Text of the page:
Glued some plywood on the top:



Large container to fill with water were very useful when trying to apply even pressure on the glue:



Gluing and screwing together the tower as much as we can before putting it in place:



Tower in place:



Chalkboard spray paint:



Only two coats of spray paint gave us a nice thick coat that serves us well as a chalkboard.

Staining the tower:



Keezer guts and all pieces for the plumbing:



To cool the tower, we decided to use a copper pipe and feed the beer lines through the tube. Works surprisingly well.

Rear doors for tower access:



Tap handles! Our reinheitsgebot themed handles wouldn't be complete without German Lager Yeast:



Had to upgrade our tap handles to the fancier ones, since the $0.99 ones didn't extend far enough. I think these were $5-$8, big splurge.



Rear view of the tower:



Tower completed:



Kegs and gas, a fantastic craigslist find for only $120:



All the plumbing in place:



Everything just barely fits:



All put together:



First test of the system, a success:



We now had beer on tap! And you can actually choose 1 of 4 beers easily! The problem was that now the internal function of the keezer is complete, so we hit stopping point #2. The only thing left now was to finish the aesthetics, and since everything was working we didn't move on from this point for about 6-8 months.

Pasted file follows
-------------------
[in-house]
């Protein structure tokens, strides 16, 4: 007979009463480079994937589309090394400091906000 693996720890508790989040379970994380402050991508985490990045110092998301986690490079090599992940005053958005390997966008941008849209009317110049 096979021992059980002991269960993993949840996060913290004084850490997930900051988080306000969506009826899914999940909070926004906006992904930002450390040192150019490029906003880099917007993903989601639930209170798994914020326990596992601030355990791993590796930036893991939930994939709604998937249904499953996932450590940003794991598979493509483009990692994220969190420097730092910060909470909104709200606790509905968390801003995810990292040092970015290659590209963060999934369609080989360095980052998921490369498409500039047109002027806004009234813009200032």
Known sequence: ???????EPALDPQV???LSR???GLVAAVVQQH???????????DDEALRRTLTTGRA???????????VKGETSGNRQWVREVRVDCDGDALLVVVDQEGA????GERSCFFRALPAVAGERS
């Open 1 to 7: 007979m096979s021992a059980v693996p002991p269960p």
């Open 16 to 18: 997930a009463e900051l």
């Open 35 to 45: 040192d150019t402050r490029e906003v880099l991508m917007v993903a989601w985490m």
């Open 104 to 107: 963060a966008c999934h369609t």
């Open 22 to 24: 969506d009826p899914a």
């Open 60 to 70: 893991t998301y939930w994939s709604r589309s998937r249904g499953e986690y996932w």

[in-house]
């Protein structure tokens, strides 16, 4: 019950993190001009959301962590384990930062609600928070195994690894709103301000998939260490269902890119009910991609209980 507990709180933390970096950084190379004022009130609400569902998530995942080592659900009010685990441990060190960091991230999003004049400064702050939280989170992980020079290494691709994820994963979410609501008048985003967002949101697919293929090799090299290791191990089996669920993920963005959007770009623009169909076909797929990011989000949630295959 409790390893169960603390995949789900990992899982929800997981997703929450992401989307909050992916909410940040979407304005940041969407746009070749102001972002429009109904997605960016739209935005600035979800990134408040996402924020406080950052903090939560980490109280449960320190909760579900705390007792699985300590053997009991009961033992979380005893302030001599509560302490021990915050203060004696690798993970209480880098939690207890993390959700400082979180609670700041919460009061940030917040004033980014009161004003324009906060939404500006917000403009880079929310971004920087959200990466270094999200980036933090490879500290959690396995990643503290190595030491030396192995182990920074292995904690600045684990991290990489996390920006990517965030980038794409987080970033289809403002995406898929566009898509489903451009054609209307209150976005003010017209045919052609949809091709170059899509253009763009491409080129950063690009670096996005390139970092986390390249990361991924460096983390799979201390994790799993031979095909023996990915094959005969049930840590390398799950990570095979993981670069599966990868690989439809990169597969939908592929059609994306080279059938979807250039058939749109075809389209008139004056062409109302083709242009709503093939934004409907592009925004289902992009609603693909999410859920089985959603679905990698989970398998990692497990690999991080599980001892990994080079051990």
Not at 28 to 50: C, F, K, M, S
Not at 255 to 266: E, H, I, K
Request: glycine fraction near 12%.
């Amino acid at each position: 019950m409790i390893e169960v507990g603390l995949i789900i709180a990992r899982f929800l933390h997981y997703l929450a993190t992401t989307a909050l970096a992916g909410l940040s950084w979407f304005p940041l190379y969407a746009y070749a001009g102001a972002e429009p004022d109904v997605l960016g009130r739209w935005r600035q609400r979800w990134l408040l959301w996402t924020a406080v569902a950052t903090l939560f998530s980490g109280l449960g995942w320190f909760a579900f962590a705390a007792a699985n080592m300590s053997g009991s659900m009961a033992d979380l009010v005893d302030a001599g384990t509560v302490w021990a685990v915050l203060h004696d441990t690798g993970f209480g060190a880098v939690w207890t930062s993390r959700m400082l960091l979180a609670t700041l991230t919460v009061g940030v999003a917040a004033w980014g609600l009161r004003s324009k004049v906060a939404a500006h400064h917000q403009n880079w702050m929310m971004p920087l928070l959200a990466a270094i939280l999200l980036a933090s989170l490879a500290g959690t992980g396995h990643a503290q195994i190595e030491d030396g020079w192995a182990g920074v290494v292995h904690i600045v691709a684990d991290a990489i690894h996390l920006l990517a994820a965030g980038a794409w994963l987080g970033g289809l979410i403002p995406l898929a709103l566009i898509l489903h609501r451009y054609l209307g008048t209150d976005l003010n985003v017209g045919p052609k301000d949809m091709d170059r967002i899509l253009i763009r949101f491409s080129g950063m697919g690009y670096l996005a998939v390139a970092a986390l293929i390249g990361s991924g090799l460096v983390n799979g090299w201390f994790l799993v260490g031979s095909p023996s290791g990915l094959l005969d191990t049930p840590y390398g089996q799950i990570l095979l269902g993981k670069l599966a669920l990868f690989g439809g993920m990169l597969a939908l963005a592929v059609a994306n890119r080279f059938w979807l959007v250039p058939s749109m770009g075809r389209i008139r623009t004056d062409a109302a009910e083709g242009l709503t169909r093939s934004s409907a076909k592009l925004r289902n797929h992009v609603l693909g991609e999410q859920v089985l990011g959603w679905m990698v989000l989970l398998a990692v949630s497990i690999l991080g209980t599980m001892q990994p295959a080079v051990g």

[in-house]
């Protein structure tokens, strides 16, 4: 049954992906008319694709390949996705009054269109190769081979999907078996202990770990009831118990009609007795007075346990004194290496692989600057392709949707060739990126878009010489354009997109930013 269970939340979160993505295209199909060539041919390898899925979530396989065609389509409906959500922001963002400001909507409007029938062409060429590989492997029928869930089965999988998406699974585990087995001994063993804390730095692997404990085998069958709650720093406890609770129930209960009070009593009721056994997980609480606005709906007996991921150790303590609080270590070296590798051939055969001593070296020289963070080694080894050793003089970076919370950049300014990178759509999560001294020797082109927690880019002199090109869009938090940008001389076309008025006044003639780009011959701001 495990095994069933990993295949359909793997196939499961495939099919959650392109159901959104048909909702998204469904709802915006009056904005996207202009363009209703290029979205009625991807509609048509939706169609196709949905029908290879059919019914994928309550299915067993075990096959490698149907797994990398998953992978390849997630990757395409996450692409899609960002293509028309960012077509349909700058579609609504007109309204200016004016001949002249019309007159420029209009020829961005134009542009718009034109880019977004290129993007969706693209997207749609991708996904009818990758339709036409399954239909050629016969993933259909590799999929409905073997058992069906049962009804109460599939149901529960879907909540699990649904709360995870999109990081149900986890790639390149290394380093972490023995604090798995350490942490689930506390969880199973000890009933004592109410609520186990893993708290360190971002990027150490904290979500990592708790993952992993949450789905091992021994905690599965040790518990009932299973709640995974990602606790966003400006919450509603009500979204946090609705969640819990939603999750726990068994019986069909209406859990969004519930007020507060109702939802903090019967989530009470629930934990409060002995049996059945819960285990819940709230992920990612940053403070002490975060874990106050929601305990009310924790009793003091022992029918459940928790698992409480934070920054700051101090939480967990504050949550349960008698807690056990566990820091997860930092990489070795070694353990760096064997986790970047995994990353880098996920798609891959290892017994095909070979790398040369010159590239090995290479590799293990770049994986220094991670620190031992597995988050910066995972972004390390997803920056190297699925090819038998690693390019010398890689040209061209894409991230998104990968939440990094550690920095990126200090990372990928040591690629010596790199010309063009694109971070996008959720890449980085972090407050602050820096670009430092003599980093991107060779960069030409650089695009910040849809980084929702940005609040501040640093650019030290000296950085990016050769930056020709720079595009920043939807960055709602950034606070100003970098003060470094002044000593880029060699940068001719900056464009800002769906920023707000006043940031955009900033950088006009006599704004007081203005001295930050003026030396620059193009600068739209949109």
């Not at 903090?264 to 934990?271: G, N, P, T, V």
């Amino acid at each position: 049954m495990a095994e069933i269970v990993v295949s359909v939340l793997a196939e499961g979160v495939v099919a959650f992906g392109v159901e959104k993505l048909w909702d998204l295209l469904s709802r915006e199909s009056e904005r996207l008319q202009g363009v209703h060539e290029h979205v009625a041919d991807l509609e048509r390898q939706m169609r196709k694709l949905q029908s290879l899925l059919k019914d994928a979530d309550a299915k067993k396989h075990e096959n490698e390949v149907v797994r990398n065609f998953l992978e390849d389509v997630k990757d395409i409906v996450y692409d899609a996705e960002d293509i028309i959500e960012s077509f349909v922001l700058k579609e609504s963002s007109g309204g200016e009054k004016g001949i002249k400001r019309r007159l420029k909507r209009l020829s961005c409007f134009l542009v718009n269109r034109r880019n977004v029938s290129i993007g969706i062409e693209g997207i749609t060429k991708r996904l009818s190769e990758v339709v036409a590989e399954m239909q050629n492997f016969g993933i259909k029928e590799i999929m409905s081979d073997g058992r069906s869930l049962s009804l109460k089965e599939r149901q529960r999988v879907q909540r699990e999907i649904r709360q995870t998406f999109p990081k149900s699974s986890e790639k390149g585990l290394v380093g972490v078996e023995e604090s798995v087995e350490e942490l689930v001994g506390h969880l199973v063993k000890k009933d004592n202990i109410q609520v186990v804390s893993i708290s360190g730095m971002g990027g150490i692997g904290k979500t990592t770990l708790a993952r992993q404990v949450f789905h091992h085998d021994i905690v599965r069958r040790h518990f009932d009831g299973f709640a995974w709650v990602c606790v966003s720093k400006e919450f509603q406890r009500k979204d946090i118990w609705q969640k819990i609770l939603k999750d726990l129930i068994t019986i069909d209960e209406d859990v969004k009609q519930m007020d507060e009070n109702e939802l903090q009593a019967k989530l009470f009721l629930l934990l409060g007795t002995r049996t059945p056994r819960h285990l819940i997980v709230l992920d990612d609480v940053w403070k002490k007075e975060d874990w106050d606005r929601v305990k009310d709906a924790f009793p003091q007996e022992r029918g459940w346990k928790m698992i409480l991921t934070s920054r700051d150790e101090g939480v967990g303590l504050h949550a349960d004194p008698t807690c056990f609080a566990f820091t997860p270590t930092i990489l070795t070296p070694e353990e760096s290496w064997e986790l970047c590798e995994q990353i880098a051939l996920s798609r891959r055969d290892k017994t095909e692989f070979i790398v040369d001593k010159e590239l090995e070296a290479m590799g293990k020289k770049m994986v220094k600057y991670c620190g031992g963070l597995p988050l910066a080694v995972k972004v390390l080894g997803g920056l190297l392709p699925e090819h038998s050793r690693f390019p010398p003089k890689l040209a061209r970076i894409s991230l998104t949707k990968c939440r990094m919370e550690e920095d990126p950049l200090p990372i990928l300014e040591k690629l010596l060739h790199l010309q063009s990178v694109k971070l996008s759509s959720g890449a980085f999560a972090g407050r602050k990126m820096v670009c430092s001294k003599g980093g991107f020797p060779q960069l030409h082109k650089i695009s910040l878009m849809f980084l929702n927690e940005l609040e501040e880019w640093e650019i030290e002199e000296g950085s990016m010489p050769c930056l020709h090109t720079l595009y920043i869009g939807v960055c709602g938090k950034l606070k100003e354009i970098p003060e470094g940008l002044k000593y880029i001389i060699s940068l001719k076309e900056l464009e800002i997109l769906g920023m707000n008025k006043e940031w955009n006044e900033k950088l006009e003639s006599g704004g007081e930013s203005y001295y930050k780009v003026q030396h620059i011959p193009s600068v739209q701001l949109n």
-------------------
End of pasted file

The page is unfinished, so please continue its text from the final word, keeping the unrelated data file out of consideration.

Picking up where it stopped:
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Old 12-23-2013, 04:19 PM   #3
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After about 2-3 months of using the system, we noticed a strange off flavor from our beer and eventually isolated the issue to our keg lines. We completely overhauled the system by replacing the generic PET lines from our homebrew store with Bev-Seal Ultra lines (strongly recommend). Pros: Zero off flavor since switching (8 months in). Cons: These lines are impossible to work with, they're extremely stiff and almost impossible to get on the shanks. God forbid I ever have to replace the lines again.



For other people trying to figure out how to get the 3/16" lines on the 5/16" barbs...I boiled the end of the line for a few seconds to get nice and hot, then I used a pair of needle nosed plyers to pry open the end as much as I could. If you do it quick enough you can get an opening close to or bigger than 5/16". Reheat the ends in water (but only do it briefly, the ends start to return to the smaller shape), and then jam the hell out of the ends onto the barb as much as you can. I was usually able to get them about 3/4 of the way on the barb, more than enough. Finally, reboil the barb with the tube attached to contract the barb around the tube and you should have a very tight seal. Just note that you will NEVER get this off without cutting it.

We decided to decorate the top with some sheet metal from Home Depot (stainless steel, aluminum, galvanized steel...basically one of every type they had):



They even gave us a 75% discount on the rusted sheet because it was "damaged", saved us about $20. Ignore the water tap, we kicked a keg and had nothing fermenting (shame), so we filled the keg with water and had ourselves carbonated water on demand for about 2 weeks.

Trim and drip tray framing: